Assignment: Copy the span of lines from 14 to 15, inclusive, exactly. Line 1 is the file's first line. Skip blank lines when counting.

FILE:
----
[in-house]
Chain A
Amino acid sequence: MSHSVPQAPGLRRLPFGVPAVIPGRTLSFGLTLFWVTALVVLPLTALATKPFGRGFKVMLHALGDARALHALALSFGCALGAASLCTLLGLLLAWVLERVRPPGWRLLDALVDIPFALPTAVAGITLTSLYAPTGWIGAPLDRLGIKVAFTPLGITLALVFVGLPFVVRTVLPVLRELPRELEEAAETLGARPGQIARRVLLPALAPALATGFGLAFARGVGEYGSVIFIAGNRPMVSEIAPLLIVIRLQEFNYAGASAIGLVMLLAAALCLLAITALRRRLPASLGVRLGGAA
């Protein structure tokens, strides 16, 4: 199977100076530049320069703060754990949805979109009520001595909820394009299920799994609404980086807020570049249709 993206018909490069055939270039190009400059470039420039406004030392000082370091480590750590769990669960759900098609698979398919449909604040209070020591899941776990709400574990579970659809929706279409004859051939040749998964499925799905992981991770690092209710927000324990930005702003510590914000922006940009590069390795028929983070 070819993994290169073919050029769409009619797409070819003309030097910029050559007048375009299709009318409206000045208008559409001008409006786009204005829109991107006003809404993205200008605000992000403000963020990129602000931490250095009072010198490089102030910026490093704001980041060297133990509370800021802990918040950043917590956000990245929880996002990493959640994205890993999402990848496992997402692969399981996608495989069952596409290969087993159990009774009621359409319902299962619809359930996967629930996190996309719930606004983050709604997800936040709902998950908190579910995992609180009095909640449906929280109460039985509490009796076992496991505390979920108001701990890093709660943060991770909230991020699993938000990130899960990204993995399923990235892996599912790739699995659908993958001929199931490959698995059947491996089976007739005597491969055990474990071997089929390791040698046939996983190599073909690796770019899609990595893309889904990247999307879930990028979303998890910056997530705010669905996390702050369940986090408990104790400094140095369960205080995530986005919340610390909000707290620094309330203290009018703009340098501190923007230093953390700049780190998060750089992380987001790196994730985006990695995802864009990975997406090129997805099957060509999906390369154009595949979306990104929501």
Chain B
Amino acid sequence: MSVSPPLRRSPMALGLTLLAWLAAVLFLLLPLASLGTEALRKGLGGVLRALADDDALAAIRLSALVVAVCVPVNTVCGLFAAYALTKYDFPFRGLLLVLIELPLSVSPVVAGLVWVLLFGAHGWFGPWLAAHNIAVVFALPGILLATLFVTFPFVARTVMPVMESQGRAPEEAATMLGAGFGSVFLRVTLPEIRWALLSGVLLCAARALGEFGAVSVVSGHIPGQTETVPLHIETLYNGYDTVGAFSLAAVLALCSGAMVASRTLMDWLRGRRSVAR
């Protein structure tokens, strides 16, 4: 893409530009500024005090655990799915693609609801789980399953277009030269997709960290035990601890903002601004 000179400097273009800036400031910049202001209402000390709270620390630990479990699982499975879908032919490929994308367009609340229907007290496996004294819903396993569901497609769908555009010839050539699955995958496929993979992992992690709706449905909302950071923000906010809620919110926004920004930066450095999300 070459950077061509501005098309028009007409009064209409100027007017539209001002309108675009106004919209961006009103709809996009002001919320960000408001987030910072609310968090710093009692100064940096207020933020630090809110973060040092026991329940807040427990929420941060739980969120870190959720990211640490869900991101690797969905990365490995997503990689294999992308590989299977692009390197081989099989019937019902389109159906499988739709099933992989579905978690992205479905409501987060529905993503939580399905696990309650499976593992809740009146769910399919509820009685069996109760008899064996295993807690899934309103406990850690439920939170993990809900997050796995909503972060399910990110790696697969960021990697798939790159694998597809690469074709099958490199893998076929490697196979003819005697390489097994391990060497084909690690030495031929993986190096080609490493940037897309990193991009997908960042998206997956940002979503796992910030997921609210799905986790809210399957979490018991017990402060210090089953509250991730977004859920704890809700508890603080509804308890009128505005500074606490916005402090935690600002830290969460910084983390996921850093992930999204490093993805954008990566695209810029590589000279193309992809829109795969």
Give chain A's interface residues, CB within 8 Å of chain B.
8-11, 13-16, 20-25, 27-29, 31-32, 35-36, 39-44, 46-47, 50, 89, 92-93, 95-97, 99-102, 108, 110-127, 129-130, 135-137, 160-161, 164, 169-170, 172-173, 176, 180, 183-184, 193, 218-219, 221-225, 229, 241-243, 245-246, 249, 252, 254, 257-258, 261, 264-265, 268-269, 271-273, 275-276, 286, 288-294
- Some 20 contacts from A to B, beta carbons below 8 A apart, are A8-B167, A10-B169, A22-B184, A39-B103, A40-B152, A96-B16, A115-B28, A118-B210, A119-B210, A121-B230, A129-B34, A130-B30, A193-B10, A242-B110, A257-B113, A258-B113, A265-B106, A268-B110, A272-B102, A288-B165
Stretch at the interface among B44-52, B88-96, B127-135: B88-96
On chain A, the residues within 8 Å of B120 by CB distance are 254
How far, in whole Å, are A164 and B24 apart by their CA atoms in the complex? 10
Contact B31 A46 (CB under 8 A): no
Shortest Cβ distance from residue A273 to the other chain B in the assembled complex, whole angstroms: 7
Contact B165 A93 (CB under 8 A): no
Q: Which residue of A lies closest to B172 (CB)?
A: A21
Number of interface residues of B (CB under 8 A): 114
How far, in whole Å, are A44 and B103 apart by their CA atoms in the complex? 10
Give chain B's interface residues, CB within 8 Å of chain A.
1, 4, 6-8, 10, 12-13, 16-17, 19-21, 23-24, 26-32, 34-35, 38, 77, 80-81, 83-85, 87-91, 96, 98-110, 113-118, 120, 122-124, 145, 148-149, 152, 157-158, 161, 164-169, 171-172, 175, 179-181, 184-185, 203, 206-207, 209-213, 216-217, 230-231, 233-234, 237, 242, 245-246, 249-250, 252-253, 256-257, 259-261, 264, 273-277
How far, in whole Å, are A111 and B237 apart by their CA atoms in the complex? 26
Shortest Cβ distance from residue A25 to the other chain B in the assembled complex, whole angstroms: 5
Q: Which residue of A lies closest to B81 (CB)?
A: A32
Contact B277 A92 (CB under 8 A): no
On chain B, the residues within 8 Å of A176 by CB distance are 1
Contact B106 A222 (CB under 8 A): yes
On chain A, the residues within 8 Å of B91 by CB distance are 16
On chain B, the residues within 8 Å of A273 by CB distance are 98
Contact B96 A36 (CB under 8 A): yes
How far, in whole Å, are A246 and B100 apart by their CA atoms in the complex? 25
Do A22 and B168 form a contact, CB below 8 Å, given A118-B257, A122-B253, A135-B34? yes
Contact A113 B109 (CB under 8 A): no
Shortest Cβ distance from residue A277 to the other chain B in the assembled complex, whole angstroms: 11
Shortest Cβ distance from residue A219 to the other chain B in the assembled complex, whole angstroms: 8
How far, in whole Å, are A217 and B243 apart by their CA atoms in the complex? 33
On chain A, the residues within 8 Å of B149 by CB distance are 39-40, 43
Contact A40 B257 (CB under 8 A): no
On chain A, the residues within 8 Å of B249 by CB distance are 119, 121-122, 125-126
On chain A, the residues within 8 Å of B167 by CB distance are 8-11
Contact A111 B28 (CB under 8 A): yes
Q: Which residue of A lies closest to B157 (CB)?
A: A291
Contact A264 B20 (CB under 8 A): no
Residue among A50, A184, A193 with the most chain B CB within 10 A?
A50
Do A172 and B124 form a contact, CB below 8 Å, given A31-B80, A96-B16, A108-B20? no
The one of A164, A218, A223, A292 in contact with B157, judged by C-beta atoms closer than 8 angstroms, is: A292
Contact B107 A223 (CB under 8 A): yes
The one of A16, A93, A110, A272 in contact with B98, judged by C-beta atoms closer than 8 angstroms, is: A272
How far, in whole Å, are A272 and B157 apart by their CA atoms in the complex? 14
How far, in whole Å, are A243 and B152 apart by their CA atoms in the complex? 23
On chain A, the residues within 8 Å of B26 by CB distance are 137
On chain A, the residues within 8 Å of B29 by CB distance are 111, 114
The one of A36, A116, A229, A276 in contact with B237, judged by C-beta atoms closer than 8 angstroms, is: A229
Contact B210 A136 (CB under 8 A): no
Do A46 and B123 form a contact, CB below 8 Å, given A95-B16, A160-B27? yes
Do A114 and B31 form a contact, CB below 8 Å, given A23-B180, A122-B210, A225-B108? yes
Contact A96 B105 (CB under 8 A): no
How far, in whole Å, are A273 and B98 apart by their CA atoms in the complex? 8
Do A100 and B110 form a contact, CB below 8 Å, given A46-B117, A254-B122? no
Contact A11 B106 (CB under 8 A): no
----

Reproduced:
Contact B31 A46 (CB under 8 A): no
Shortest Cβ distance from residue A273 to the other chain B in the assembled complex, whole angstroms: 7